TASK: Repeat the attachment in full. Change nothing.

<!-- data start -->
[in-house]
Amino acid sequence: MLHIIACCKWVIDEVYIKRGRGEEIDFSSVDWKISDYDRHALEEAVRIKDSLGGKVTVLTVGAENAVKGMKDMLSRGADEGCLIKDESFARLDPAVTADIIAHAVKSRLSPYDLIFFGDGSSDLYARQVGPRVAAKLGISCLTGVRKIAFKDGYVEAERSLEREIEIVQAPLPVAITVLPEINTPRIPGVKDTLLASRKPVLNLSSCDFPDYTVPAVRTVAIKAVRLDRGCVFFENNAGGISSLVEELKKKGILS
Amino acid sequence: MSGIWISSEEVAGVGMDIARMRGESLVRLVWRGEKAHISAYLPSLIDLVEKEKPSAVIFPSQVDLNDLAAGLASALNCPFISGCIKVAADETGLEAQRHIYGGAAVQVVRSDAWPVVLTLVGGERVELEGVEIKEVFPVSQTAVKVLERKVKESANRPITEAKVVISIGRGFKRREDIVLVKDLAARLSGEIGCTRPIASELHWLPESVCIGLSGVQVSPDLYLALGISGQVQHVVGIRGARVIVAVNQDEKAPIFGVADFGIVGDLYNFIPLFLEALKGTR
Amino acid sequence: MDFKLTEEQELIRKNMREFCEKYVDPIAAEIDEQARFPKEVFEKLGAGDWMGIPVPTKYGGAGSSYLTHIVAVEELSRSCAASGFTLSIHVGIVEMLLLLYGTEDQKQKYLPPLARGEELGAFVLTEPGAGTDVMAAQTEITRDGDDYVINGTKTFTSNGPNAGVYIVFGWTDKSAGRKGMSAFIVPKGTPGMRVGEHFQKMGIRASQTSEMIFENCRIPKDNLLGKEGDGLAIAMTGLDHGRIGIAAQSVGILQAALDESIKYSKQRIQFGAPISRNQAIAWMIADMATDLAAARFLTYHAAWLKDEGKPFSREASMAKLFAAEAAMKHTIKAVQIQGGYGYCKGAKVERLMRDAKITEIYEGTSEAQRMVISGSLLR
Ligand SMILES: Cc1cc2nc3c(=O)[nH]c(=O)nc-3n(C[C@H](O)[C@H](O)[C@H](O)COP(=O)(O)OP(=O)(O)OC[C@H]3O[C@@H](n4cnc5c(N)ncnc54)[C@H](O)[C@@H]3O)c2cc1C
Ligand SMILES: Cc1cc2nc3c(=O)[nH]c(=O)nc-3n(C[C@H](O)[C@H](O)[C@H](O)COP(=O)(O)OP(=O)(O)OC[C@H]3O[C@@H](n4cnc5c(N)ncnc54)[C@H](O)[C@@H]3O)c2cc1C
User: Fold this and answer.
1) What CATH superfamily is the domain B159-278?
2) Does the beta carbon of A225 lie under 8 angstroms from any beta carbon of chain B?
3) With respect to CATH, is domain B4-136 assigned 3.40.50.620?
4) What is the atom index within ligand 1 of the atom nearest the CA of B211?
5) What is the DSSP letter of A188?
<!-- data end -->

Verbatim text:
[in-house]
Amino acid sequence: MLHIIACCKWVIDEVYIKRGRGEEIDFSSVDWKISDYDRHALEEAVRIKDSLGGKVTVLTVGAENAVKGMKDMLSRGADEGCLIKDESFARLDPAVTADIIAHAVKSRLSPYDLIFFGDGSSDLYARQVGPRVAAKLGISCLTGVRKIAFKDGYVEAERSLEREIEIVQAPLPVAITVLPEINTPRIPGVKDTLLASRKPVLNLSSCDFPDYTVPAVRTVAIKAVRLDRGCVFFENNAGGISSLVEELKKKGILS
Amino acid sequence: MSGIWISSEEVAGVGMDIARMRGESLVRLVWRGEKAHISAYLPSLIDLVEKEKPSAVIFPSQVDLNDLAAGLASALNCPFISGCIKVAADETGLEAQRHIYGGAAVQVVRSDAWPVVLTLVGGERVELEGVEIKEVFPVSQTAVKVLERKVKESANRPITEAKVVISIGRGFKRREDIVLVKDLAARLSGEIGCTRPIASELHWLPESVCIGLSGVQVSPDLYLALGISGQVQHVVGIRGARVIVAVNQDEKAPIFGVADFGIVGDLYNFIPLFLEALKGTR
Amino acid sequence: MDFKLTEEQELIRKNMREFCEKYVDPIAAEIDEQARFPKEVFEKLGAGDWMGIPVPTKYGGAGSSYLTHIVAVEELSRSCAASGFTLSIHVGIVEMLLLLYGTEDQKQKYLPPLARGEELGAFVLTEPGAGTDVMAAQTEITRDGDDYVINGTKTFTSNGPNAGVYIVFGWTDKSAGRKGMSAFIVPKGTPGMRVGEHFQKMGIRASQTSEMIFENCRIPKDNLLGKEGDGLAIAMTGLDHGRIGIAAQSVGILQAALDESIKYSKQRIQFGAPISRNQAIAWMIADMATDLAAARFLTYHAAWLKDEGKPFSREASMAKLFAAEAAMKHTIKAVQIQGGYGYCKGAKVERLMRDAKITEIYEGTSEAQRMVISGSLLR
Ligand SMILES: Cc1cc2nc3c(=O)[nH]c(=O)nc-3n(C[C@H](O)[C@H](O)[C@H](O)COP(=O)(O)OP(=O)(O)OC[C@H]3O[C@@H](n4cnc5c(N)ncnc54)[C@H](O)[C@@H]3O)c2cc1C
Ligand SMILES: Cc1cc2nc3c(=O)[nH]c(=O)nc-3n(C[C@H](O)[C@H](O)[C@H](O)COP(=O)(O)OP(=O)(O)OC[C@H]3O[C@@H](n4cnc5c(N)ncnc54)[C@H](O)[C@@H]3O)c2cc1C
User: Fold this and answer.
1) What CATH superfamily is the domain B159-278?
2) Does the beta carbon of A225 lie under 8 angstroms from any beta carbon of chain B?
3) With respect to CATH, is domain B4-136 assigned 3.40.50.620?
4) What is the atom index within ligand 1 of the atom nearest the CA of B211?
5) What is the DSSP letter of A188?